There’s just something about the wild species found in the Land Down Under: they seem to be weirder, deadlier and more unique than their brethren on the other six continents! There’s science to back that up, too. Australia is home to many species found nowhere else on earth, and among those, many of the deadliest known to humankind. And though the Kangaroo (Macropus) aren’t especially deadly animals, they are wild creatures who can be aggressively territorial. Typically growing anywhere from 40 to 200 pounds and equipped with amazingly strong legs, they can also be quite formidable. Yet none were so formidable as Big Jake, the largest kangaroo ever caught in Australia.
Typical Kangaroo Size
Macropus, the genus encompassing all species of kangaroo, is Latin for “big foot.” We can only call that an appropriate moniker, considering adult kangaroos locomote using huge, hulking hops — up to 30 feet in length, 10 feet high, and at a speed of up to 40 miles per hour. Depending on the particular species of kangaroo (there are red, eastern gray, western gray and antilopine kangaroos), an individual adult male will grow to a final size of three to eight feet and weigh anywhere from 40 to 200 pounds.
The Largest Kind of Kangaroo
Kangaroos are the largest marsupials (mammals with pouches) in the world. The Eastern Gray Kangaroo is the heaviest species, while the Red Kangaroo is the largest, growing up to six feet in height! Approximately half of a kangaroo’s body mass is muscle. And when you look at a truly “buff” male kangaroo, you can see the truth in this! You can’t help but notice their big, muscular, veined haunches. Then there’s those fat, powerful tails, upon which they can balance their whole weight, even while kicking with all their might. Some truly well-developed specimens of adult male red kangaroo have what you might call a six-pack: a rippling, segmented abdomen. They also possess powerful pectoral muscles, which, like weightlifting champions, they flex to intimidate and attract. Red ‘roos ready to rumble will even pound their chests, as confrontational as UFC contenders.
Big Jake, the Largest Kangaroo Ever Caught
Born a wild kangaroo, Big Jake is the largest individual of his species on record. Wildlife authorities, who observe and sometimes relocate kangaroos for their health and safety, couldn’t miss one adult male looming over his peers. We mentioned that six feet is the typical ceiling for a male red kangaroo.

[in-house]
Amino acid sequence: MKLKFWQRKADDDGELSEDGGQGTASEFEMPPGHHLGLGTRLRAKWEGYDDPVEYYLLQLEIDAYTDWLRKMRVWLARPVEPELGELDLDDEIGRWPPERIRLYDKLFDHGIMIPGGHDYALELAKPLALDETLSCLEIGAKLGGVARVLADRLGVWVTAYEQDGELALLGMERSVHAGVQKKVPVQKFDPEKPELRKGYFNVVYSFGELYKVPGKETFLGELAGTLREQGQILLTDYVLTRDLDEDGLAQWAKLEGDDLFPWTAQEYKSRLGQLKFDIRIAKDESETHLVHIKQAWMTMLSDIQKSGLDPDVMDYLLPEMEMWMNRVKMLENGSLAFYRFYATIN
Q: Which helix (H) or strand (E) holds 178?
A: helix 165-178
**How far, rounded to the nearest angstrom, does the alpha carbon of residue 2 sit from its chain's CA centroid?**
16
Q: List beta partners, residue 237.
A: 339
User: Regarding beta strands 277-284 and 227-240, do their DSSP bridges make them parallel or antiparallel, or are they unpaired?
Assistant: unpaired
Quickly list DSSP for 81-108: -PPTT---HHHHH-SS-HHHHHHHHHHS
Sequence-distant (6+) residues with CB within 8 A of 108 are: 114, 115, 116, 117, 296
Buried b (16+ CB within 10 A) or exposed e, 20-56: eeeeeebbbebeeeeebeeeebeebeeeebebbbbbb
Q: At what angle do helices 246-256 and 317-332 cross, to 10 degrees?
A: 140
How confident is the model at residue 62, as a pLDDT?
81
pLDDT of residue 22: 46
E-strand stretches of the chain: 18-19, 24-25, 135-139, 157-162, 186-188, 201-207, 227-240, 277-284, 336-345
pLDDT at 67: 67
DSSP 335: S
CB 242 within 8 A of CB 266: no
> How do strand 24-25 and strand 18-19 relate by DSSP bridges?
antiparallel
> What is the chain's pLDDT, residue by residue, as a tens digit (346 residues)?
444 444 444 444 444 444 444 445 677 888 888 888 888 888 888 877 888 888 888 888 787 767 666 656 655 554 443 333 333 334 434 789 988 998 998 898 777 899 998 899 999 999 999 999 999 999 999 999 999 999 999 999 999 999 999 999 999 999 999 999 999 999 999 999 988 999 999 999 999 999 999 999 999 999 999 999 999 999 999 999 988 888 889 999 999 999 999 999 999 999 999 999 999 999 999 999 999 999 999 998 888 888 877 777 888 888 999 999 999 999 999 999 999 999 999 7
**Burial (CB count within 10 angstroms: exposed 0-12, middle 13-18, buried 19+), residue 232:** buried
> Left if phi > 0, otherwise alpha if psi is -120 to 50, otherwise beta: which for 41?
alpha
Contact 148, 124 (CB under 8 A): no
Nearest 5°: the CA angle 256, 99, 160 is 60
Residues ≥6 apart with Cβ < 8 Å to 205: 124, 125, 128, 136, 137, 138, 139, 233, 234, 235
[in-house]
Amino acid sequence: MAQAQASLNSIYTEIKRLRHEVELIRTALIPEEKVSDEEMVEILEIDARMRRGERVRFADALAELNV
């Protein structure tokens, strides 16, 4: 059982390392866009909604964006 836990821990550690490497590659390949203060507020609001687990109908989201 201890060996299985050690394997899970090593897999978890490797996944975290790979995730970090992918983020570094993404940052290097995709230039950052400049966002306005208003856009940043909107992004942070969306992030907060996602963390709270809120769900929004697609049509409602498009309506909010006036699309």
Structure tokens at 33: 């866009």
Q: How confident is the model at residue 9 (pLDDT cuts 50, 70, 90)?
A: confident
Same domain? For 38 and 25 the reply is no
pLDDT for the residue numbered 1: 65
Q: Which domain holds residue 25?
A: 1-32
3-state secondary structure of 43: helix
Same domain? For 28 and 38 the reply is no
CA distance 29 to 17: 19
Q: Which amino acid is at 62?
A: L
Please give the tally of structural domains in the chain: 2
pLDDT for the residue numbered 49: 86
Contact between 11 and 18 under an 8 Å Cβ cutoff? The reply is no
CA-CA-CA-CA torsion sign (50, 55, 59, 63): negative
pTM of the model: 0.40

Big Jake was nearly seven feet tall. He was also tipping the scales at around 210 pounds in weight. You’ve heard the term “kangaroo boxing”? It isn’t just a cartoon. Kangaroos really do box, for territory, dominance or in competition for a mate. And Big Jake was the Rocky of his kangaroo troop, a fierce, muscular and dominant fighter.
Interestingly enough, when wildlife authorities relocated him to a wildlife sanctuary, he was known for being friendly and docile with park visitors. The researchers who studied him determined his size was a product of diet and genetics.
Big Jake was born in 2001, and passed in 2013 at the age of 12.
Don’t let anyone tell you you can’t build muscle on a vegetarian diet! The red kangaroo is the exemplar of this concept. Though they like to box, they don’t do any hunting, opting instead for an herbivorous lifestyle.
Red kangaroos are well-adapted to the hot, harsh conditions of life in Australia. They can survive for many days without water, getting sufficient hydration from the plant matter they ingest. They have teeth especially evolved to grind down even the stiffest vegetable matter, extracting every last available morsel of energy, liquid and nutrition.
Red kangaroos live in groups known as mobs. They can be comprised of just a handful of ‘roos, or more than 100. Most of the mob will be mother kangaroos and their young, with only a handful of males siring joeys with multiple females.
Competition for mates is therefore an inherent part of the male kangaroo social structure. This means that the largest males are evolutionarily rewarded — making size a successful Darwinian trait amidst male ‘roos over time.
Are Kangaroos Threatened?
Kangaroos are not especially endangered, but they do face threats, mostly from human beings. They occasionally get hit by cars, displaced by new development, or are forced to compete with livestock for vegetable matter to graze. Kangaroos have also historically been hunted for meat and hides. This still occurs in Australia, but only under strict regulation when a ‘roo population is growing too quickly and requires culling.
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